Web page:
Tell us about your symptoms and treatment experience. Take our survey here.

Phase 3 Cardiac Rehab - What Is It?

If you are someone who has completed Phase 1 and 2 cardiac rehab, or was referred by a physician, Phase 3 cardiac rehab is something that heart failure patients may want to consider. Personally, as a heart failure patient, I have participated in it (and still do) and find it beneficial.

What is Phase 3 cardiac rehab?

In my experience, it comes after Phase 1 and 2 cardiac rehab, and is offered anywhere that has cardiac rehab programs.

For example, I have participate in Phase 3 rehab with Henry Ford Health and Michigan Medicine, two of the largest hospital systems near where I live.

In Phase 3 you remain working out in the cardiac rehab area (similar to Phases 1 and 2), so you are in close proximity to exercise physiologist(s) who understand cardiac conditions should it be needed.

Also like Phase 1 and 2, there is also some monitoring in the form of checking your vitals to ensure stability including blood pressure, pulse and oxygen.

However, unlike Phases 1 and 2, you are not hooked up to any EKG monitoring. Phase 3 is more independent. You may be given exercises and a workout routine by exercise physiologist, and some places offer group classes, but you go at your own pace and at times that work for you.

My experience

In my experience, while it is less structured, there is still structure. For me, Phase 3 rehab started with an evaluation with a exercise psychologist. They have a conversation about your medical history, physical abilities, your goals and take some measurements.

For example, at Michigan Medicine they also measured my weight, body fat, lean muscles and water content. They then talked about specific measurables that make sense for me, and said that they would develop weight-lifting exercises and machine-based workout goals in line with my capabilities and heart condition. As I start in the program, there will be periodic check-ins to see if workout routine needs to be adjusted as well.

What I found beneficial about this program

A benefit, in my experience, is that it was a smaller environment and the same people tend to participate, allowing me to develop relationships and friendships. I felt a part of a community. As a friendly reminder, as far as support, you are also surrounded by professionals and healthcare facilities should you need more support and/or urgent medical attention.

As far as financially, Phase 3 is not covered by insurance. With Michigan Medicine it is $40 per month. I would also call this a benefit though, because in my experience, when I pay for something I am more motivated to use it! It is also a month by month program, so you are not committed to a year long contract, etc.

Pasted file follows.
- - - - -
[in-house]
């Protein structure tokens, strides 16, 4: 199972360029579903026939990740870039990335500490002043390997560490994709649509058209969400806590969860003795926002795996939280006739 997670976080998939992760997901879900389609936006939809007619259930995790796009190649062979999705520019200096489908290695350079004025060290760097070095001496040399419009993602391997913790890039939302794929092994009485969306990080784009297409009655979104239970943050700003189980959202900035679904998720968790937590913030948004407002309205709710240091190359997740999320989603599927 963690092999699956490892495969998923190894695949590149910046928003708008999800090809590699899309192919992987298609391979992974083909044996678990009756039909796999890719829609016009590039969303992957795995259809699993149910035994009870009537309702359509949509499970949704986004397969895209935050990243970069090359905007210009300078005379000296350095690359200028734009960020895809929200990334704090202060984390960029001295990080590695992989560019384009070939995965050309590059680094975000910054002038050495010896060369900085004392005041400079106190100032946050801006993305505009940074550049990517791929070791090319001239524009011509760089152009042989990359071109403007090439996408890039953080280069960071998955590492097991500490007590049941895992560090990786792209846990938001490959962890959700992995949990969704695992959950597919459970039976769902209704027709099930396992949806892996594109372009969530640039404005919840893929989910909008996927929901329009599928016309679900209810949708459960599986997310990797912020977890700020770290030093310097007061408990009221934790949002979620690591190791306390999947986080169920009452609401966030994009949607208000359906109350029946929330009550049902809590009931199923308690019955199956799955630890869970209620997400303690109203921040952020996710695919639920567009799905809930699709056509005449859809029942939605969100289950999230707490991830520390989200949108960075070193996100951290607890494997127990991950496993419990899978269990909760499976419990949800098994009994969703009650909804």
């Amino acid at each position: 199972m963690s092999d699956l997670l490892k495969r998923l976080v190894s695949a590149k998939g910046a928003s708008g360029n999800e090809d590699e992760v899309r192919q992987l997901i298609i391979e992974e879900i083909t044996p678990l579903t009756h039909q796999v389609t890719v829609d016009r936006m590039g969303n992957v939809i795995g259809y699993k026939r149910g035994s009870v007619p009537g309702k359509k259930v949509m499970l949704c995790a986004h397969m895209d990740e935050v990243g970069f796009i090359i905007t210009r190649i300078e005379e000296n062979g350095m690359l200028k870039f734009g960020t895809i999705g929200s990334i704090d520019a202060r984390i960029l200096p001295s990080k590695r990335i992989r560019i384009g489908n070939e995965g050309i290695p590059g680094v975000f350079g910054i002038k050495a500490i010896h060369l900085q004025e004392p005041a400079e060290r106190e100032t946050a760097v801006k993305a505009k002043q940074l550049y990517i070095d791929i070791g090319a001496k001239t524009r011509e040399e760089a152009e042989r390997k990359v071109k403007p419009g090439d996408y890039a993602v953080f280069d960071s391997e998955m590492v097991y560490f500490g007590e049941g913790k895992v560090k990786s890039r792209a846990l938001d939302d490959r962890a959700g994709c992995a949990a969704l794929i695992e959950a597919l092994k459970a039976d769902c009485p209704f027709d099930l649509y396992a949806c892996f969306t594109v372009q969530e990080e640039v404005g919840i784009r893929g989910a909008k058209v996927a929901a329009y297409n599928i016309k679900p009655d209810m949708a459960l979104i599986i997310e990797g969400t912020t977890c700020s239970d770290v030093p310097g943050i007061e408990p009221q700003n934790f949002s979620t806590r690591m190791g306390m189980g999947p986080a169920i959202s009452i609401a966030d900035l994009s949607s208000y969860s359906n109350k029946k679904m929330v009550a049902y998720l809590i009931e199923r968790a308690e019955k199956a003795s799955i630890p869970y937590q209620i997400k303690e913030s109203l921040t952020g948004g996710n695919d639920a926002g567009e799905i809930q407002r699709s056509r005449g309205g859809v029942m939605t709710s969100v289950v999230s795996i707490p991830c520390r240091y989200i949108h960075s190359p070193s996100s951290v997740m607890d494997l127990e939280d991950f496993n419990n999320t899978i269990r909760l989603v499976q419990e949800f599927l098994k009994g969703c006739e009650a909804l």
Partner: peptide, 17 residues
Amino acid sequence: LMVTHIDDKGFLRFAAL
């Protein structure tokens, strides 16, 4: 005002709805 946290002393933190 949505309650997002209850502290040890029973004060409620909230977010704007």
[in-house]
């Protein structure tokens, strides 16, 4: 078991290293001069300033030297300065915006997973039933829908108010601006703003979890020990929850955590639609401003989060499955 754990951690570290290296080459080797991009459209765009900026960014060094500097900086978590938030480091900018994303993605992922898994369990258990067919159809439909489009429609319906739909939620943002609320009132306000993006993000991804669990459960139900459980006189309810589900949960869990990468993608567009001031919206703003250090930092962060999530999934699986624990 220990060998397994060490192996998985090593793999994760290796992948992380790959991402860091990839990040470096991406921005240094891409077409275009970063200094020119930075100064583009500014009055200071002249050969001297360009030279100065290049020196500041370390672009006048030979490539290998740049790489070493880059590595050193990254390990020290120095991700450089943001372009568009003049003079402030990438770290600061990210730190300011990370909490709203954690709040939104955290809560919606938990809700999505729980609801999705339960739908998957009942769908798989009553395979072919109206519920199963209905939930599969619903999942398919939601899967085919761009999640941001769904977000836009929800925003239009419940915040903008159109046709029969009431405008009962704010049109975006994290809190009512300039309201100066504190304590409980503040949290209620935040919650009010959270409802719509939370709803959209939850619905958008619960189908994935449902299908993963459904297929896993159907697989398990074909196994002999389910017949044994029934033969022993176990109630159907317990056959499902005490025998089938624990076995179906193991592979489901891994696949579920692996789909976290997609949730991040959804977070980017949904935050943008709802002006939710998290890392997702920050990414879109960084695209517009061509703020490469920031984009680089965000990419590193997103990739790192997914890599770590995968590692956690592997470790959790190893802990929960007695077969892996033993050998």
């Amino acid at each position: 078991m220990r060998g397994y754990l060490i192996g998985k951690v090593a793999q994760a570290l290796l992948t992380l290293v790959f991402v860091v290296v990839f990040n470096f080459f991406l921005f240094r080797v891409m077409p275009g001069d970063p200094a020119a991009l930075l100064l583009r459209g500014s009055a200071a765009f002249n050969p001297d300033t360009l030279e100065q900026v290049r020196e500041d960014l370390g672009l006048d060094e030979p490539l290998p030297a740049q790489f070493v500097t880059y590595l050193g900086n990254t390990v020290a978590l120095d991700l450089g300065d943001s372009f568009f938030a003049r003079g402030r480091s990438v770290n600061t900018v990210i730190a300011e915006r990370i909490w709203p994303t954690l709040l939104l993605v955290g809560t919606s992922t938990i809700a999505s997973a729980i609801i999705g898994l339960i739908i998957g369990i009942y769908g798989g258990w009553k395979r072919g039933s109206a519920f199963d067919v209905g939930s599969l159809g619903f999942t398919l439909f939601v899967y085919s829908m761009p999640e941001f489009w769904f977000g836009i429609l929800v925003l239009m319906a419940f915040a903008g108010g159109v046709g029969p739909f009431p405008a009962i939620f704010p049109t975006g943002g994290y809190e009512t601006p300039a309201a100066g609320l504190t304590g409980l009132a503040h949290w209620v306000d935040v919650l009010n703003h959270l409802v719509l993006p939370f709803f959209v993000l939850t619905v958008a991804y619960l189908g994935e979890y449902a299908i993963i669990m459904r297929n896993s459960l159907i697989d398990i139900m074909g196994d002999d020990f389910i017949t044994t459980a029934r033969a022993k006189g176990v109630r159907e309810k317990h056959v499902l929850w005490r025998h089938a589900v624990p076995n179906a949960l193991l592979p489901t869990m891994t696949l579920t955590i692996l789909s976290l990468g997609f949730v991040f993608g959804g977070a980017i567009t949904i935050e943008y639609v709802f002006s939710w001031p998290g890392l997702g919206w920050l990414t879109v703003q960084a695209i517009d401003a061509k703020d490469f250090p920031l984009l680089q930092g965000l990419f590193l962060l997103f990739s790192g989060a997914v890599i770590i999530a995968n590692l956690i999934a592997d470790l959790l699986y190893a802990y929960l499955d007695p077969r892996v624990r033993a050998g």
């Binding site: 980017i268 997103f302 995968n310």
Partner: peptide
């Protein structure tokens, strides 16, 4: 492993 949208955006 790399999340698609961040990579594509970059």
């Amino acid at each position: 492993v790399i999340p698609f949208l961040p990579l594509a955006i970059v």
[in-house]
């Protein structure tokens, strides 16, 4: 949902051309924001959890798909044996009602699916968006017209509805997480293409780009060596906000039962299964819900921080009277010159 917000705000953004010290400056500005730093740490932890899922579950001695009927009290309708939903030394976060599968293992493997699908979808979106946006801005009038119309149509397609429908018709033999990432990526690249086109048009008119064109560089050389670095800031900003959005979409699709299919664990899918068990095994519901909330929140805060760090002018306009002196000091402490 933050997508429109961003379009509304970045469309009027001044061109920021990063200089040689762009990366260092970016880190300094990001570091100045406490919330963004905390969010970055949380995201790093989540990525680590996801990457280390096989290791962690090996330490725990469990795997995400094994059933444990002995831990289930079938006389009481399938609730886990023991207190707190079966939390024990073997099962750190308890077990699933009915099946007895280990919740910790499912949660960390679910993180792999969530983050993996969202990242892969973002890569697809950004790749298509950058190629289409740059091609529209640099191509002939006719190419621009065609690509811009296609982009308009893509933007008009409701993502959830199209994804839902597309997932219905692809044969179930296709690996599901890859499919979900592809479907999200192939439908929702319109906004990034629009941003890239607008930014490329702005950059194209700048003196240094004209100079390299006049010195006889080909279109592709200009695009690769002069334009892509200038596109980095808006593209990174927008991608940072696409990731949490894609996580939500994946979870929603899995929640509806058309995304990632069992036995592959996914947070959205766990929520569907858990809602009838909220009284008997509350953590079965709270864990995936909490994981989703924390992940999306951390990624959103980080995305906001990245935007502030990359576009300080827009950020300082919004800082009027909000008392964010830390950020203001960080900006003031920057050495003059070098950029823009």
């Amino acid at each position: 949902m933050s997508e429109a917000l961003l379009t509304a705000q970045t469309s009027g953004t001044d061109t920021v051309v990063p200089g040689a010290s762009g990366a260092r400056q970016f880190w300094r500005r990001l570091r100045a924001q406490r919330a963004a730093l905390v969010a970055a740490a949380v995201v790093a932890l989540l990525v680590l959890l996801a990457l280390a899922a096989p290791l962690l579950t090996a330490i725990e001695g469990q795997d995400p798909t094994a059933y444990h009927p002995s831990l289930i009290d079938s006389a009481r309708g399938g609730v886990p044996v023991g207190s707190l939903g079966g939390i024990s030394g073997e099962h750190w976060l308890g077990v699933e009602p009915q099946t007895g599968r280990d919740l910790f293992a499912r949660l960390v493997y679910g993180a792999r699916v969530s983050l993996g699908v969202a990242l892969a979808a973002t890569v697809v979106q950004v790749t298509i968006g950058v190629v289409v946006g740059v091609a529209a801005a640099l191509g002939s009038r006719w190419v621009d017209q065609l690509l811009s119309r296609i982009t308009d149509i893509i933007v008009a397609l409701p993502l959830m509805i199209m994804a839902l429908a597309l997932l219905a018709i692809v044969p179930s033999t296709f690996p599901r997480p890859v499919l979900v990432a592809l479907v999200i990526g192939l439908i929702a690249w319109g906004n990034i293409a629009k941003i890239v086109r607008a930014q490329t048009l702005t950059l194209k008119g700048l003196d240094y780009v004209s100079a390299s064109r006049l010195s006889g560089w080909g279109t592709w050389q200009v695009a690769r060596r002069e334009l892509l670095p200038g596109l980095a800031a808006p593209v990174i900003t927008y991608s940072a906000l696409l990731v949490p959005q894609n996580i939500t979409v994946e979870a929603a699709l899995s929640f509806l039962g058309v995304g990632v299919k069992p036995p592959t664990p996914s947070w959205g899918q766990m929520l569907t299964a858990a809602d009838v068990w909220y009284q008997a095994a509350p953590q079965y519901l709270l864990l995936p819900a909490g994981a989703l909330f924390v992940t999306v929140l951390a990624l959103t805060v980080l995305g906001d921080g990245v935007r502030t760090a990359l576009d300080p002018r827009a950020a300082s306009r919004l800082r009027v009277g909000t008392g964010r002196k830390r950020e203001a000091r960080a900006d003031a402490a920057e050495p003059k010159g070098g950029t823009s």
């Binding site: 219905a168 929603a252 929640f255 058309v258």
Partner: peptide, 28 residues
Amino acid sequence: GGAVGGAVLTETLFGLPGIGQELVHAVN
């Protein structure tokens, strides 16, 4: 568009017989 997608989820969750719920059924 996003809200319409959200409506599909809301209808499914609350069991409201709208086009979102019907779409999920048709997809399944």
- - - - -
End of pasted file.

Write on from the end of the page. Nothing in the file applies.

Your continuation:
Lastly, I think that this is a good option to consider as we are approaching colder weather. For me, my chest hurts much more often in cold and hot weather. In the summer, I can get my workouts done in the early morning or late at night, for the most part, when temperatures cool off. However, there is no break from the cold during the winter! For those who are seeking temperature controlled workout environments as we approach the winter months, this is an option to consider.

Also, because everyone also has a cardiac condition, I assume that we are all being COVID and flu cautious, which makes me more comfortable working out with my mask off!

Participating in a cardiac rehab program as a heart failure patient

To find Phase 3 Cardiac rehab programs in your area, I would consider the largest hospital systems in your area and/or ask your medical team. A interventional cardiologist or heart failure doctor, and maybe cardiologist (?), can refer you to Phase 3 cardiac rehab. Since it's not covered by insurance, you do not need to get insurance approval.

Has anyone else participated in Phase 3 cardiac rehab as a heart failure patient? What are/were your thoughts as compared going to a regular gym?

By providing your email address, you are agreeing to our privacy policy.

This article represents the opinions, thoughts, and experiences of the author; none of this content has been paid for by any advertiser. The Heart-Failure.net team does not recommend or endorse any products or treatments discussed herein. Learn more about how we maintain editorial integrity here.

Join the conversation

Please read our rules before commenting.

Community Poll

Have you taken our In America Survey yet?